Trump plans to discuss religious freedom, human trafficking with Pope Francis

President Donald Trump at the White House, May 4 (CNS photo/Carlos Barria, Reuters) President Donald Trump at the White House, May 4 (CNS photo/Carlos Barria, Reuters)

President Trump plans to discuss international religious freedom and explore ways the United States can work with the Vatican to fight religious persecution and human trafficking during his May 24 meeting with Pope Francis, the White House told reporters on Friday.

H. R. McMaster, the president’s national security adviser, said the president “looks forward to paying [the pope] his respects and to discussing religious freedom, ways to combat religious persecution, human trafficking and cooperating on humanitarian missions across the globe.”

Advertisement

In addition to a stop at the Vatican, the president’s first overseas trip will include stops in Saudi Arabia and Israel, home to holy sites of Islam and Judaism.

“What President Trump is seeking is to unite peoples of all faiths around the common vision of peace, progress and prosperity,” Mr. McMaster said. “He will bring a message of tolerance and of hope to billions, including to millions of Americans who profess these faiths. The president will focus on what unites us.”

Mr. Trump has faced criticism for vowing to shut down refugee resettlement from seven predominantly Muslim countries, but in Saudi Arabia, the president will “encourage our Arab and Muslim partners to take bold, new steps to promote peace,” Mr. McMaster said. In Israel, Mr. Trump “will reaffirm America’s unshakeable bond to the Jewish state.”

Mr. McMaster said the trip will “broadcast a message of unity to America’s friends and to the faithful of three of the world’s greatest religions.”

“This trip is truly historic. No president has ever visited the homelands and holy sites of the Jewish, Christian and Muslim faiths all on one trip,” he said.

Mr. Trump and Pope Francis have never met, but they have wrangled over issues on which they do not share similar views, such as immigration, refugees and climate change. Mr. Trump said last month that he looks “very much forward to meeting the pope.”

Comments are automatically closed two weeks after an article's initial publication. See our comments policy for more.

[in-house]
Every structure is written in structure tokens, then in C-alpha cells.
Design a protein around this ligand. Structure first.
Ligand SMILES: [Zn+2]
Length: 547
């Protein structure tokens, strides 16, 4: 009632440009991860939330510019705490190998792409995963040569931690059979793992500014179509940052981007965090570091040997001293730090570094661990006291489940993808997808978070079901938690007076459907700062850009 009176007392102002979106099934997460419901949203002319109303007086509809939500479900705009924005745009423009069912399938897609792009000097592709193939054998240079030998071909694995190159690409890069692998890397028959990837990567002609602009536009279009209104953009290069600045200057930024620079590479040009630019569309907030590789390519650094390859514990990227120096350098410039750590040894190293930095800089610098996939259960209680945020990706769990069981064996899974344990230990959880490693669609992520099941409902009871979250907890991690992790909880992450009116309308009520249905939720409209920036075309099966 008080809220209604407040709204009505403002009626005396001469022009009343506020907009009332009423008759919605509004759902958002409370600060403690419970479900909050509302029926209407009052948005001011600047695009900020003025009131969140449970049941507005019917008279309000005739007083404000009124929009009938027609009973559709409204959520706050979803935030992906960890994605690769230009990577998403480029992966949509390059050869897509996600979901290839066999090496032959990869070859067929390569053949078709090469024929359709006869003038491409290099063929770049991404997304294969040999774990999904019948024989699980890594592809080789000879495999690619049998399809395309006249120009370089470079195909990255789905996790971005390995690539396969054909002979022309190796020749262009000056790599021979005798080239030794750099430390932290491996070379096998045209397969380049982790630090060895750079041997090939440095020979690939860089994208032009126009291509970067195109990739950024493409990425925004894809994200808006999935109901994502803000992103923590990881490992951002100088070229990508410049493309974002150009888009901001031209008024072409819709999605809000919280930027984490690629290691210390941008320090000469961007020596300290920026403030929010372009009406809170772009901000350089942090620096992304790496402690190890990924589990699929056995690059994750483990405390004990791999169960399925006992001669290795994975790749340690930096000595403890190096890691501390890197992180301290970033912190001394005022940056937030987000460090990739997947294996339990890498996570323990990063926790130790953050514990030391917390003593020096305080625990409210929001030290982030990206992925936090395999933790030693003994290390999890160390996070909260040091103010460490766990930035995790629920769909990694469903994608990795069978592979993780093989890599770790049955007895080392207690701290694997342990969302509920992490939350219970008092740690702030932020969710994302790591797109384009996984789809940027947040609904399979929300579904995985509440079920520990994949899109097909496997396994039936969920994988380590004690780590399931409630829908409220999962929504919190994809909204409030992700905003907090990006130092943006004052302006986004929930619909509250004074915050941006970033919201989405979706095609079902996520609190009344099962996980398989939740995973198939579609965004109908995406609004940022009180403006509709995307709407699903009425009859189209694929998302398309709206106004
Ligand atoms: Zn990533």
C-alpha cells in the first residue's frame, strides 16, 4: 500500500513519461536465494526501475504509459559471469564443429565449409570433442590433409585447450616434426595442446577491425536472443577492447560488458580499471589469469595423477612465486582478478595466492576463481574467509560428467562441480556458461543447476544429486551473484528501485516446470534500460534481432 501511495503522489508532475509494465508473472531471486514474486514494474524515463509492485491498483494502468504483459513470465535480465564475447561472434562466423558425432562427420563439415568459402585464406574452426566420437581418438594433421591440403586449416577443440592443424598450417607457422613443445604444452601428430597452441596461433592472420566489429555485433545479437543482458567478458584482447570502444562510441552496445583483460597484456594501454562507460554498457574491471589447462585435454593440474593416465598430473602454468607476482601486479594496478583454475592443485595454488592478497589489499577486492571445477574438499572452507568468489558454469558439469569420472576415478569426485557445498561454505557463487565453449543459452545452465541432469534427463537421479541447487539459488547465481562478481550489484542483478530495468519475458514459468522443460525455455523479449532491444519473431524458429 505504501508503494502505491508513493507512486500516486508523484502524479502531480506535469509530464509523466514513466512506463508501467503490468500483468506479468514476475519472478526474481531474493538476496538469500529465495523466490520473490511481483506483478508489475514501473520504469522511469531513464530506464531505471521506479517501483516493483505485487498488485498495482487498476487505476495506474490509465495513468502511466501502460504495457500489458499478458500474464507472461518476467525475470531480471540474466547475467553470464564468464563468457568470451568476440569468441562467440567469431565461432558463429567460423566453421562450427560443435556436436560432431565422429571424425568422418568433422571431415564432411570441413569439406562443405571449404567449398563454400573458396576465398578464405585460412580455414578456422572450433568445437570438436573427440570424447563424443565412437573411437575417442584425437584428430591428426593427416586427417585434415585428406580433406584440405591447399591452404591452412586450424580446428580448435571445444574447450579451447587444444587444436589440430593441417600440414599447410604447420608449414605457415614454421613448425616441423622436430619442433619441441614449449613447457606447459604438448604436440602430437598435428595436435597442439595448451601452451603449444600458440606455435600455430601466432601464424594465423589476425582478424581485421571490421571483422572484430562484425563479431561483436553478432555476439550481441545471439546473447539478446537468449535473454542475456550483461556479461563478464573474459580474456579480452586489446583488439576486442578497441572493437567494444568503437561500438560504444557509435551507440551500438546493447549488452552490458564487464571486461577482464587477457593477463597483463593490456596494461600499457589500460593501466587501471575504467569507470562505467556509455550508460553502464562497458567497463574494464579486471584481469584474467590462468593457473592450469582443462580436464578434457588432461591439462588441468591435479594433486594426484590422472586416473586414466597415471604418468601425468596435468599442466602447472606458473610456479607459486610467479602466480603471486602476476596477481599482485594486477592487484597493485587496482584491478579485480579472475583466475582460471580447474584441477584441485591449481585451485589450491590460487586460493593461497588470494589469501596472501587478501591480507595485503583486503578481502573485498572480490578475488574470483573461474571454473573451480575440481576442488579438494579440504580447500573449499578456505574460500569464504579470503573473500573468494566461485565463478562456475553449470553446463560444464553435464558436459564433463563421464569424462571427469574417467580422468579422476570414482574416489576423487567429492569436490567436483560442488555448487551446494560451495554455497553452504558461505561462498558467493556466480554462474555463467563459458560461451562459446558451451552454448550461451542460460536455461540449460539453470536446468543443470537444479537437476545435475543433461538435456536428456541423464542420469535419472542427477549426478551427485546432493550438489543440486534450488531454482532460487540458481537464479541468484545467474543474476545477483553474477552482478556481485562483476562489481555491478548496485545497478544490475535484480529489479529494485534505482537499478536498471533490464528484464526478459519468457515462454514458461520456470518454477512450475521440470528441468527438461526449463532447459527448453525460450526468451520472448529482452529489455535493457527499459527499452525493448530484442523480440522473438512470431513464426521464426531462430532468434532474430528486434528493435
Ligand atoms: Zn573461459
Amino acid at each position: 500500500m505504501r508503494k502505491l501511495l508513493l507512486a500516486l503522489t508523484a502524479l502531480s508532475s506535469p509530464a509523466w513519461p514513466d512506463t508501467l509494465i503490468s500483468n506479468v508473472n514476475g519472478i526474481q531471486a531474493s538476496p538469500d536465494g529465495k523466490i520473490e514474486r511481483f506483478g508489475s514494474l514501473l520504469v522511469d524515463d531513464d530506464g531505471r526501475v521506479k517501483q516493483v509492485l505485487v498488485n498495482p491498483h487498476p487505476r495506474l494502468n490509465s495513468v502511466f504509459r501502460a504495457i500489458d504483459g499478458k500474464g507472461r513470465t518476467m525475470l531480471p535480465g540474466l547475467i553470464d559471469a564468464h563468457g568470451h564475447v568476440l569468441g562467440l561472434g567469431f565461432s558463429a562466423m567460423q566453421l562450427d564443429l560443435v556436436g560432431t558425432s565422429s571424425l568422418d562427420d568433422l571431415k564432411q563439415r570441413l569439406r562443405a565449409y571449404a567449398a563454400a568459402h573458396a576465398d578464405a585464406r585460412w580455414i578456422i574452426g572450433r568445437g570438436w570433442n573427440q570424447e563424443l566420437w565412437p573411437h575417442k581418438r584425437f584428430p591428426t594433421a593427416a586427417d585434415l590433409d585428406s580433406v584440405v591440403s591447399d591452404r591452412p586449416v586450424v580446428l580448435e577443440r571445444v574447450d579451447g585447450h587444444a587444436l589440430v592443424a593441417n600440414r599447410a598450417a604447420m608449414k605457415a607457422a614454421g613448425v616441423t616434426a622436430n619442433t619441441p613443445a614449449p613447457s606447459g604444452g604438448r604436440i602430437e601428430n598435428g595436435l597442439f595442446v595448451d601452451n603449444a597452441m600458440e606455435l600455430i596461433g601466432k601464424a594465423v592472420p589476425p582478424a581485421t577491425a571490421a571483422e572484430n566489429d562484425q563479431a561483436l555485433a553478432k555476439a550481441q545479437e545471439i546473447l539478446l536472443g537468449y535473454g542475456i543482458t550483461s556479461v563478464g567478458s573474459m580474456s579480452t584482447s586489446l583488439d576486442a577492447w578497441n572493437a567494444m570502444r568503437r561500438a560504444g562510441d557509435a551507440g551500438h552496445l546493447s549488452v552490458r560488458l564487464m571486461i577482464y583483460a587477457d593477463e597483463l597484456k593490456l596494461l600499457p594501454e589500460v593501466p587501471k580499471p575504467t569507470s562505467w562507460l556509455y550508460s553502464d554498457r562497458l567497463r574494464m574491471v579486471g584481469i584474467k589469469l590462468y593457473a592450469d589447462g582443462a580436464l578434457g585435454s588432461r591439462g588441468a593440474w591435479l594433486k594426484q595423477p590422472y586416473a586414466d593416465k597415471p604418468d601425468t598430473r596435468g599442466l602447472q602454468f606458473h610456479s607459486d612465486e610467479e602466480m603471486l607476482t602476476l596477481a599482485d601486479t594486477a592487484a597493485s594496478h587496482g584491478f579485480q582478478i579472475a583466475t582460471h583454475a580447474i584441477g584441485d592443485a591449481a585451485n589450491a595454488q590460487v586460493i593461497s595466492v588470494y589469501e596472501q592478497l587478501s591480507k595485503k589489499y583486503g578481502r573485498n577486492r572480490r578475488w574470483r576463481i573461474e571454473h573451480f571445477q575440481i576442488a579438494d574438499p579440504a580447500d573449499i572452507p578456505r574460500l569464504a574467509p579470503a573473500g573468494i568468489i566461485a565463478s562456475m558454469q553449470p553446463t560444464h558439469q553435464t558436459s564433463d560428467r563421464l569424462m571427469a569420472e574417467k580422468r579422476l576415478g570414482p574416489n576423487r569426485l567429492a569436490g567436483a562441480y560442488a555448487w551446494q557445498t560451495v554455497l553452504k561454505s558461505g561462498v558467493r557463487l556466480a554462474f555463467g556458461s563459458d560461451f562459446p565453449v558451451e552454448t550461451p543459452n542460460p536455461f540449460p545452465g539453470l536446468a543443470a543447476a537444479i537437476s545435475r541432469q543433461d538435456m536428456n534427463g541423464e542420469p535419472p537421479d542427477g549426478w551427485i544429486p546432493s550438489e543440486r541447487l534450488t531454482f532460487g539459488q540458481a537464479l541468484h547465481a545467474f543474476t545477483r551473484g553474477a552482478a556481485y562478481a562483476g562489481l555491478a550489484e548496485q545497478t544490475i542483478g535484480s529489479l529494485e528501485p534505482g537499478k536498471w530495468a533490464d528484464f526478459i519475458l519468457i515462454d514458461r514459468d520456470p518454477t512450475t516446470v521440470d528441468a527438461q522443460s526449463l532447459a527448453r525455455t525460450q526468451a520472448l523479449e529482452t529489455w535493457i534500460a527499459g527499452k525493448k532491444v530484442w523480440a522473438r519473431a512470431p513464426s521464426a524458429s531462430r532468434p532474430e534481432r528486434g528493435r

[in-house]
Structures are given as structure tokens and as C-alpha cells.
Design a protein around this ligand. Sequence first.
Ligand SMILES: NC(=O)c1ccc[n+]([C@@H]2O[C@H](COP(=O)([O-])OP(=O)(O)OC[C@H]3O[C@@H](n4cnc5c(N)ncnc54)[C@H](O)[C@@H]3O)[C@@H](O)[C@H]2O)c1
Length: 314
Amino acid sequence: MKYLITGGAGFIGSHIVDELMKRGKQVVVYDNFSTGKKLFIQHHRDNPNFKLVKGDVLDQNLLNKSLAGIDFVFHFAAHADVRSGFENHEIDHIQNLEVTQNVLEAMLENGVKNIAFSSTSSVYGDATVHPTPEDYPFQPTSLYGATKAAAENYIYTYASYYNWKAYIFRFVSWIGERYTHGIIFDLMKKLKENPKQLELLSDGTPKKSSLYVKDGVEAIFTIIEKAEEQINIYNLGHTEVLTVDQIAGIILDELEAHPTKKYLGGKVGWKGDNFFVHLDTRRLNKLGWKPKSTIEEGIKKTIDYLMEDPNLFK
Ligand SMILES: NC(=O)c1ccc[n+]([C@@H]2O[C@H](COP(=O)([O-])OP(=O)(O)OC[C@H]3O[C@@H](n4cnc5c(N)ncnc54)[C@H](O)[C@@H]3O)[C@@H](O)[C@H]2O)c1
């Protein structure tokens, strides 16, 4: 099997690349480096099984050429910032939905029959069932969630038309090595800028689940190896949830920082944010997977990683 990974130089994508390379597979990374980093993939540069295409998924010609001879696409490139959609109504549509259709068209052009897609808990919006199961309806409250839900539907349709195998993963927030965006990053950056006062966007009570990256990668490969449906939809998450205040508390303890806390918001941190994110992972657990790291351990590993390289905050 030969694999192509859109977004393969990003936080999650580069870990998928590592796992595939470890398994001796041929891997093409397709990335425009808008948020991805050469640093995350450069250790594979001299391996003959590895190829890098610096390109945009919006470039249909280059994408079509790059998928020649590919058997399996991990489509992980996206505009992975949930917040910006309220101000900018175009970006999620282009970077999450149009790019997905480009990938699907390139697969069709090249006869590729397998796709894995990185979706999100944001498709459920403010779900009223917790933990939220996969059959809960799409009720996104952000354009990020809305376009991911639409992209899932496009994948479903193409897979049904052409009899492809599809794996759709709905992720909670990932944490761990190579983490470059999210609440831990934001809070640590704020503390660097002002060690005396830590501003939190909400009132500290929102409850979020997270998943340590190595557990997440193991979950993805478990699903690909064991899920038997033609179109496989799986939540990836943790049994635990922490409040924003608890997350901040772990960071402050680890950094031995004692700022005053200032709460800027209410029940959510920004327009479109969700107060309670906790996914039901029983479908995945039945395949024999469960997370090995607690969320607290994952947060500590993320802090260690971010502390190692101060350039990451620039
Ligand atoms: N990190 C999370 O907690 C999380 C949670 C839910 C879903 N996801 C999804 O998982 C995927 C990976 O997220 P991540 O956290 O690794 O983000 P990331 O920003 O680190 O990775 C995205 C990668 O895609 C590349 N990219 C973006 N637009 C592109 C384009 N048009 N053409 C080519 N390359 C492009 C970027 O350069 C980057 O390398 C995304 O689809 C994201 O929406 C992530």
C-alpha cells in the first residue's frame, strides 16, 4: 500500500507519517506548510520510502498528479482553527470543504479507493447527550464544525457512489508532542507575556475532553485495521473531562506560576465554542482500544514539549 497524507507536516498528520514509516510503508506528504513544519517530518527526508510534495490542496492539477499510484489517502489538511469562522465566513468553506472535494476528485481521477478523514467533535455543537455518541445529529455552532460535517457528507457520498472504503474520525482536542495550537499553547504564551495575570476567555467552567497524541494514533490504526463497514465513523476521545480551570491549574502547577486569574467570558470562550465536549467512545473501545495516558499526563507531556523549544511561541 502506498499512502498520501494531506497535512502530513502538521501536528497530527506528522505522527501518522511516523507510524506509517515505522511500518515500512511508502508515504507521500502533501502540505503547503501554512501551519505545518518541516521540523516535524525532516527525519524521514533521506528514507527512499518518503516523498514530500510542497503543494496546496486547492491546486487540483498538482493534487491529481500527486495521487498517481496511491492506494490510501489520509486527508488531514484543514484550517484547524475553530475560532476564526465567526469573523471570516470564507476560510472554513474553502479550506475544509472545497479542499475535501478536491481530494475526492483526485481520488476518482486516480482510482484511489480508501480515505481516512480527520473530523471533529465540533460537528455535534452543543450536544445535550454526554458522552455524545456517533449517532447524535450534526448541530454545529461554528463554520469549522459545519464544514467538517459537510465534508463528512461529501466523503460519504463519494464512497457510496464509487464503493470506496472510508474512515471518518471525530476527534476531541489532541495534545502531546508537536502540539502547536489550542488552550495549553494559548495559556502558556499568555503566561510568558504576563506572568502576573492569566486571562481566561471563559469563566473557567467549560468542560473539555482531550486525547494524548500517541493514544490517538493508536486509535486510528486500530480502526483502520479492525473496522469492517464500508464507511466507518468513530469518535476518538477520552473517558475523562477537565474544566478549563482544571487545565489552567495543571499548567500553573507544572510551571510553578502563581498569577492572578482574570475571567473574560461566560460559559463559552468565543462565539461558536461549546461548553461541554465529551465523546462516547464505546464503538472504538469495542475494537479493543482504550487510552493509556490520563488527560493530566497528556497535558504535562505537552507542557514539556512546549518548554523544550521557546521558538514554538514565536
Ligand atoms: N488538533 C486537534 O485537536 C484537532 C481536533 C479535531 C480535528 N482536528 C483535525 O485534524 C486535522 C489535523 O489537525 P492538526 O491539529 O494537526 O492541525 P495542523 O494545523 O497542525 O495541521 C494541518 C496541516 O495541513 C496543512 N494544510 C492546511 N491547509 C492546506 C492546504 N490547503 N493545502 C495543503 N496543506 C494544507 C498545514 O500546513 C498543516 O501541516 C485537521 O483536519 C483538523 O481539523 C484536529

Beth Cioffoletti
1 year 2 months ago

“This trip is truly historic. No president has ever visited the homelands and holy sites of the Jewish, Christian and Muslim faiths all on one trip,” he [McMaster] said.

As has been pointed out elsewhere, this statement is a bit misleading. The "homeland" of Christianity is not the Vatican, but in Israel, which many presidents have visited on same trip with Saudi Arabia.

Vincent Gaglione
1 year 2 months ago

“H. R. McMaster, the president’s national security adviser, said the president ‘looks forward to paying [the pope] his respects and to discussing religious freedom, ways to combat religious persecution, human trafficking and cooperating on humanitarian missions across the globe.’ ”

The man who campaigned on preventing any Muslim immigration and refugees to the USA, (after becoming President a position subsequently manipulated and rephrased to try to satisfy constitutionality in courts of law) intends to talk to the Pope about religious freedom and combatting religious persecution. His arrogance is only superseded by his ignorance of his own ignorance!

The irony, of course, is delicious. The Catholic Pope of the religion excoriated for years by Protestants and others as intending to take over the USA is now the great defender of religious liberty to the president of the nation that alleges religious liberty as a foundational principle!

Advertisement

The latest from america

So what does it matter what a celibate woman thinks about contraception?
Helena BurnsJuly 20, 2018
Former US President Barack Obama gestures to the crowd, during an event in Kogelo, Kisumu, Kenya, Monday, July 16, 2018. (AP Photo Brian Inganga)
In Johannesburg, Obama gave what some commentators consider his most important speech since he vacated the Oval Office.
Anthony EganJuly 20, 2018
With his "Mass," Leonard Bernstein uses liturgy to give voice to political unease.
Kevin McCabeJuly 20, 2018
Cardinal Theodore E. McCarrick, retired archbishop of Washington, arrives for the Jan. 6 installation Mass of Cardinal Joseph W. Tobin at the Cathedral Basilica of the Sacred Heart in Newark, N.J. (CNS photo/Bob Roller)
Women often “bring up the voice of those who are the most vulnerable in our society,” says Hans Zollner, S.J., who heads the Centre for Child Protection in Rome.